Amid gloomy reports of an impending epidemic of Alzheimer’s and other dementias, emerging research offers a promising twist. Recent studies in North America, the U.K. and Europe suggest that dementia risk among seniors in some high-income countries has dropped steadily over the past 25 years. If the trend is driven by midlife factors such as building “brain reserve” and maintaining heart health, as some experts suspect, this could lend credence to staying mentally engaged and taking cholesterol-lowering drugs as preventive measures.
At first glance, the overall message seems somewhat confusing. Higher life expectancy and falling birth rates are driving up the global elderly population. “And if there are more 85-year-olds, it’s almost certain there will be more cases of age-related diseases,” says Ken Langa, professor of internal medicine at the University of Michigan. According to the World Alzheimer Report 2015 (pdf), 46.8 million people around the globe suffered from dementia last year, and that number is expected to double every 20 years.
Looking more closely, though, new epidemiological studies reveal a surprisingly hopeful trend. Analyses conducted over the last decade in the U.S., Canada, England, the Netherlands, Sweden and Denmark suggest that “a 75- to 85-year-old has a lower risk of having Alzheimer’s today than 15 or 20 years ago,” says Langa, who discussed the research on falling dementia rates in a 2015 Alzheimer’s Research & Therapy commentary (pdf).
Some of the clearest evidence comes from the Cognitive Function and Aging Study (CFAS), led by Carol Brayne, professor of public health medicine at the University of Cambridge. This study surveyed adults in the U.K. 65 or older in Cambridgeshire, Newcastle and Nottingham in the 1990s and again around 2010. During that period, dementia rates in the older population fell 24 percent—from 8.3 to 6.5 percent. Put another way: if the frequency of dementia in seniors had stayed the same across that period, there should have been 214,000 additional people with dementia than the 670,000 documented.
Studies in Canada as well as the Netherlands, Sweden and elsewhere in Europe also suggest that dementia risk has declined in the past few decades. In the U.S. Langa and colleagues reported in Alzheimer’s & Dementia that the percent of adults over 70 years of age with cognitive impairment dropped from 12.2 to 8.7 between 1993 and 2002. The seniors were part of an ongoing longitudinal study funded by the National Institute on Aging (NIA), which surveys a representative sample of 20,000 older adults in the U.S. every two years.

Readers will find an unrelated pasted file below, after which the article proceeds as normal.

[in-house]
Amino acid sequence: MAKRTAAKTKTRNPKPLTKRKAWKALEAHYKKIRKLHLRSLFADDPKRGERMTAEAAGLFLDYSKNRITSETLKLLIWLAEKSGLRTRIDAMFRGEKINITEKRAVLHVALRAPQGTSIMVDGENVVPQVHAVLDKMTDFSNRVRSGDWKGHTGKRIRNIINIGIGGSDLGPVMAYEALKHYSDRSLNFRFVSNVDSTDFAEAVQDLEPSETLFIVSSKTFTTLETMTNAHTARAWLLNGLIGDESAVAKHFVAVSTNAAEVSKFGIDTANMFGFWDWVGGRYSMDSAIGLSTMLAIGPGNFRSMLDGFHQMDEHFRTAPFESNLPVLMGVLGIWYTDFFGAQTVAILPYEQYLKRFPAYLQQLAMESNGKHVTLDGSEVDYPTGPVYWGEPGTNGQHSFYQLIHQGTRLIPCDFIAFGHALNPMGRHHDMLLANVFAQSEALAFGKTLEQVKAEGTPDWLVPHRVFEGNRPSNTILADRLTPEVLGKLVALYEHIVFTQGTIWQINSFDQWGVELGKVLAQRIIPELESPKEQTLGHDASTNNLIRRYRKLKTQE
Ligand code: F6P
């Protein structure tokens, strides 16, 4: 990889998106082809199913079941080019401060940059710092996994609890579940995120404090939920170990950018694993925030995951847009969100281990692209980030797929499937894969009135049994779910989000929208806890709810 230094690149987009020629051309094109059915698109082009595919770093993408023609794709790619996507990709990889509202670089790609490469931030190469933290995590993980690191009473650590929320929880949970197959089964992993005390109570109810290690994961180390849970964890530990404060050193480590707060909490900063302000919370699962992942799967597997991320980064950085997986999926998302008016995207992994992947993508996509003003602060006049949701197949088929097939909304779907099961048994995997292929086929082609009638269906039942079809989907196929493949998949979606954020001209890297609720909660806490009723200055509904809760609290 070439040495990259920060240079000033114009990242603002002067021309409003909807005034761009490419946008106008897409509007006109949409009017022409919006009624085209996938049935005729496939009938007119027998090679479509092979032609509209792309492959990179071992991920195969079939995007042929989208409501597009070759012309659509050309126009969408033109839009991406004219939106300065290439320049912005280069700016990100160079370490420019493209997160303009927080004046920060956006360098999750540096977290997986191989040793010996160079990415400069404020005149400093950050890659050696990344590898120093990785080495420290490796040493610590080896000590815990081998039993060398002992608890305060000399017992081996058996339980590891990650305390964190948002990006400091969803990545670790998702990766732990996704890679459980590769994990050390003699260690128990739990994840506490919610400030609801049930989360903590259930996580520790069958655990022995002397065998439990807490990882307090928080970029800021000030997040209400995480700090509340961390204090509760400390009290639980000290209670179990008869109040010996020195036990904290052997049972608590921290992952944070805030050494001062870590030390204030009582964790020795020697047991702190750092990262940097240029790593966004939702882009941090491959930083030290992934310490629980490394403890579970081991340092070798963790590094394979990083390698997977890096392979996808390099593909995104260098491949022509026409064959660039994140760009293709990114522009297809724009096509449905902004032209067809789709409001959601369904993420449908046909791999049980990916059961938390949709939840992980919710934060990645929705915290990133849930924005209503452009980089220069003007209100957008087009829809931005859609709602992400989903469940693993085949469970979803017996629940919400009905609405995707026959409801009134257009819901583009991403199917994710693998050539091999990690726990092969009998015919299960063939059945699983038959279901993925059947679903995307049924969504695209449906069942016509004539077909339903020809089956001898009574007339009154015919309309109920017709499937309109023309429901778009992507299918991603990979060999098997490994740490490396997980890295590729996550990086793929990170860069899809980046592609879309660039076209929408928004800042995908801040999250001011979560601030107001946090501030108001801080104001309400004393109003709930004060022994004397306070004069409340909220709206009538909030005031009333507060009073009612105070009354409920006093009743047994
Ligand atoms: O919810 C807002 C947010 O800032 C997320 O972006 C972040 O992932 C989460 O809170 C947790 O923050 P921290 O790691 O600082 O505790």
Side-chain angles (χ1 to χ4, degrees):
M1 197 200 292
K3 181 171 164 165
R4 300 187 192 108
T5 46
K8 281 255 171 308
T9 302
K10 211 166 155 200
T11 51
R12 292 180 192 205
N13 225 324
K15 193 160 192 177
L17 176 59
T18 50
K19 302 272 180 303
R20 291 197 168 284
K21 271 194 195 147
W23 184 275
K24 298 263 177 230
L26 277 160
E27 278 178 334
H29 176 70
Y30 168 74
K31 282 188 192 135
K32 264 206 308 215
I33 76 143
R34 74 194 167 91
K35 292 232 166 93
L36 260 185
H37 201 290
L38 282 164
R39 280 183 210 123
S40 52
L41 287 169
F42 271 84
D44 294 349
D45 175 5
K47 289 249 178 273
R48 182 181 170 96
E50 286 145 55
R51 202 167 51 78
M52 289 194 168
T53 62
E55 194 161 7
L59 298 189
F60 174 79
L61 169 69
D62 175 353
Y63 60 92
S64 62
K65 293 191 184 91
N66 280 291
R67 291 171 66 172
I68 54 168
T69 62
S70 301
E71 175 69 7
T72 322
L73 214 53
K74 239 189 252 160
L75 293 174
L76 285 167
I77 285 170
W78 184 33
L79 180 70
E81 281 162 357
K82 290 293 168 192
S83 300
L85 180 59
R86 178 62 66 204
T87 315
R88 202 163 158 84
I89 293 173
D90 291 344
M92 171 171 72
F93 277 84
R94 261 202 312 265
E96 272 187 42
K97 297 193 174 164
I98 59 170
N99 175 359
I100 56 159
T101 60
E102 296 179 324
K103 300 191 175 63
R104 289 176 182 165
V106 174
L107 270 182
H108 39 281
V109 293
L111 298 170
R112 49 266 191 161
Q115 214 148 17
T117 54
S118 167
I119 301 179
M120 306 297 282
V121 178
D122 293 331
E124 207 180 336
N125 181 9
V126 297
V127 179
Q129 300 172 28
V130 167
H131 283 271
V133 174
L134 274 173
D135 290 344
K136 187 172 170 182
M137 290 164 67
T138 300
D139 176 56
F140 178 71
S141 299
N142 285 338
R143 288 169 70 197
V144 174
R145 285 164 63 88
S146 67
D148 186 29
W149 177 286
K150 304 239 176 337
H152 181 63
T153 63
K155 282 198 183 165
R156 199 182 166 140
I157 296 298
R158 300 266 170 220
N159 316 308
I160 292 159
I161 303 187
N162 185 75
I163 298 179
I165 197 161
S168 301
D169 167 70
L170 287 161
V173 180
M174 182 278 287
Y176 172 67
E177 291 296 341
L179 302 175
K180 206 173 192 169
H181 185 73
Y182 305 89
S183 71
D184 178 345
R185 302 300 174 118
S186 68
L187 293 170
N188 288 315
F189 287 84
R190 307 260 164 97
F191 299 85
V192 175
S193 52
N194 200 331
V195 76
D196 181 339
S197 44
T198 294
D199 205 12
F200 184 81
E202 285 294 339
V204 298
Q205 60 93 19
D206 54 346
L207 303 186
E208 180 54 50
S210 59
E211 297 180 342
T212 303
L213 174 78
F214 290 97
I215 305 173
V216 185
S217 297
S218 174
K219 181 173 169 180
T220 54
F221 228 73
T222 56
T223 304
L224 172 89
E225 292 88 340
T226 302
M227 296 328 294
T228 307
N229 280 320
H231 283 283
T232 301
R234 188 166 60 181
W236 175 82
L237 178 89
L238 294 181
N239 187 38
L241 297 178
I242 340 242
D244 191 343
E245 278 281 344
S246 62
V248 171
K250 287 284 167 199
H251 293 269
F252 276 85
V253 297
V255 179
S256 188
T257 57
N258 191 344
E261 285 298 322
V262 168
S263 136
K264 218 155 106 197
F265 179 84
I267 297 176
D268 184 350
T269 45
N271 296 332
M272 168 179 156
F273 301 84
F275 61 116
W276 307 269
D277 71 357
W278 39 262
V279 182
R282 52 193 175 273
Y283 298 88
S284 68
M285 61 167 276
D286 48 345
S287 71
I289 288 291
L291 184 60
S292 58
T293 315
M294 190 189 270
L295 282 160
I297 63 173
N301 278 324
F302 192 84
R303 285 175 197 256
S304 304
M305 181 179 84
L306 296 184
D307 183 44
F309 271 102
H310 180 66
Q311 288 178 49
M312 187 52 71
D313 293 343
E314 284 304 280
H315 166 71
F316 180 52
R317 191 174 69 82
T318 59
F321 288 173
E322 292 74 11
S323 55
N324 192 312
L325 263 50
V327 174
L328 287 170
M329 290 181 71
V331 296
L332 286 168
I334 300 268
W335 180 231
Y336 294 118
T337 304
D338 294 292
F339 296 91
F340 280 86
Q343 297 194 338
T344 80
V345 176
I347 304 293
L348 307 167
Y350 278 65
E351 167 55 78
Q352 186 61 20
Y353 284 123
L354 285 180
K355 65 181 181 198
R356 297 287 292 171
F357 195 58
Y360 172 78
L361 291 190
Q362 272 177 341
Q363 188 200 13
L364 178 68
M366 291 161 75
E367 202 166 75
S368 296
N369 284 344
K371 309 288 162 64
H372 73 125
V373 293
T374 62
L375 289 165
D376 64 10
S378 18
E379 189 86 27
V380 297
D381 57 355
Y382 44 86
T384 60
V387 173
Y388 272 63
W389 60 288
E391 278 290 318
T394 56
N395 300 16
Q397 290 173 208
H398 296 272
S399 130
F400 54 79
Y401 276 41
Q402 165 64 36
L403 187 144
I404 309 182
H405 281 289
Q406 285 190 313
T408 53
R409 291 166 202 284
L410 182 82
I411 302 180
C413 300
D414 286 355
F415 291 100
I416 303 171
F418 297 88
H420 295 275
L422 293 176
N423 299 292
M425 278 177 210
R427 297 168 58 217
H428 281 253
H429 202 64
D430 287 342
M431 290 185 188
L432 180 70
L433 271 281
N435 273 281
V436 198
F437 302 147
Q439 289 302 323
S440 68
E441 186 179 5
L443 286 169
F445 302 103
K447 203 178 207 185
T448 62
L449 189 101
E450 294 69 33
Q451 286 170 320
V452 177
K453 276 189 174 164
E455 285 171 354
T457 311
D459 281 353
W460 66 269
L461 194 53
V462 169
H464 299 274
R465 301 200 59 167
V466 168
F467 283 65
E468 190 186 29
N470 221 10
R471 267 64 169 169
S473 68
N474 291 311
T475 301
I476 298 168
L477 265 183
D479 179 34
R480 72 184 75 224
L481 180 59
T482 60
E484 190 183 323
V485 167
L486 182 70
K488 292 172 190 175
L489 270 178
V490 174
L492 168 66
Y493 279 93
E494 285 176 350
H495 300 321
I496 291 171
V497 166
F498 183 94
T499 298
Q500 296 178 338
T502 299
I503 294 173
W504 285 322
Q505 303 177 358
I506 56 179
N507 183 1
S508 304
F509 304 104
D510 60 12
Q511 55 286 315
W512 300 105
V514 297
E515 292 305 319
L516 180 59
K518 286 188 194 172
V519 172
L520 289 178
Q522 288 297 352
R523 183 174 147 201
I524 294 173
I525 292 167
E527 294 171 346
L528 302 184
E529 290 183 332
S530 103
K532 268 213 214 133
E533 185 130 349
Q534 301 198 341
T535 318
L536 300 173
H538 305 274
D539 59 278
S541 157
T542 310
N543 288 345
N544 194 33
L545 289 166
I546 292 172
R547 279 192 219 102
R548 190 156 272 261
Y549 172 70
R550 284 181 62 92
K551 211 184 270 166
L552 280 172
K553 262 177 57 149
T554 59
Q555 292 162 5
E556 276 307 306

But other research does not underscore this trend. A study led by Denis Evans, director of the Rush Institute for Healthy Aging in Chicago sends a more sobering message. The researchers measured new cases of Alzheimer’s between 1997 and 2008 and found no change in disease risk over time. Another study estimated, based on U.S. Census Bureau data, that the number of people with Alzheimer’s will nearly triple by 2050—and the percentage of seniors with dementia will creep upward.
All things considered, Langa agrees it’s very likely that due to higher life expectancy the absolute number of people with Alzheimer’s and other dementias will go up in the coming years. He notes, however, if an older adult’s risk for dementia continues declining as it has in some high-income countries over the last few decades, “that increase in number of cases may be a little less eye-popping than it would be if the risk were staying the same.”
The different results could have come from different starting assumptions—Evans assumes the number of new dementia cases will stay the same in coming decades, while Langa takes into account the possibility that dementia risk could decline because of changes in lifestyle and health prevention measures in the last quarter century.
What could be driving the apparent downward trend in dementia frequency? Although the question cannot be answered definitively, other analyses have linked lower dementia risk to better control of cardiovascular risk factors such as hypertension and high cholesterol, and by building up “cognitive reserve” with more education. People with chronic health conditions, however, add additional complexity to the picture. Those with type 2 diabetes, for example, are at higher risk for dementia. In light of rising levels of diabetes—as well as obesity—it’s possible these conditions could offset or override the downward dementia trend going forward, Langa says.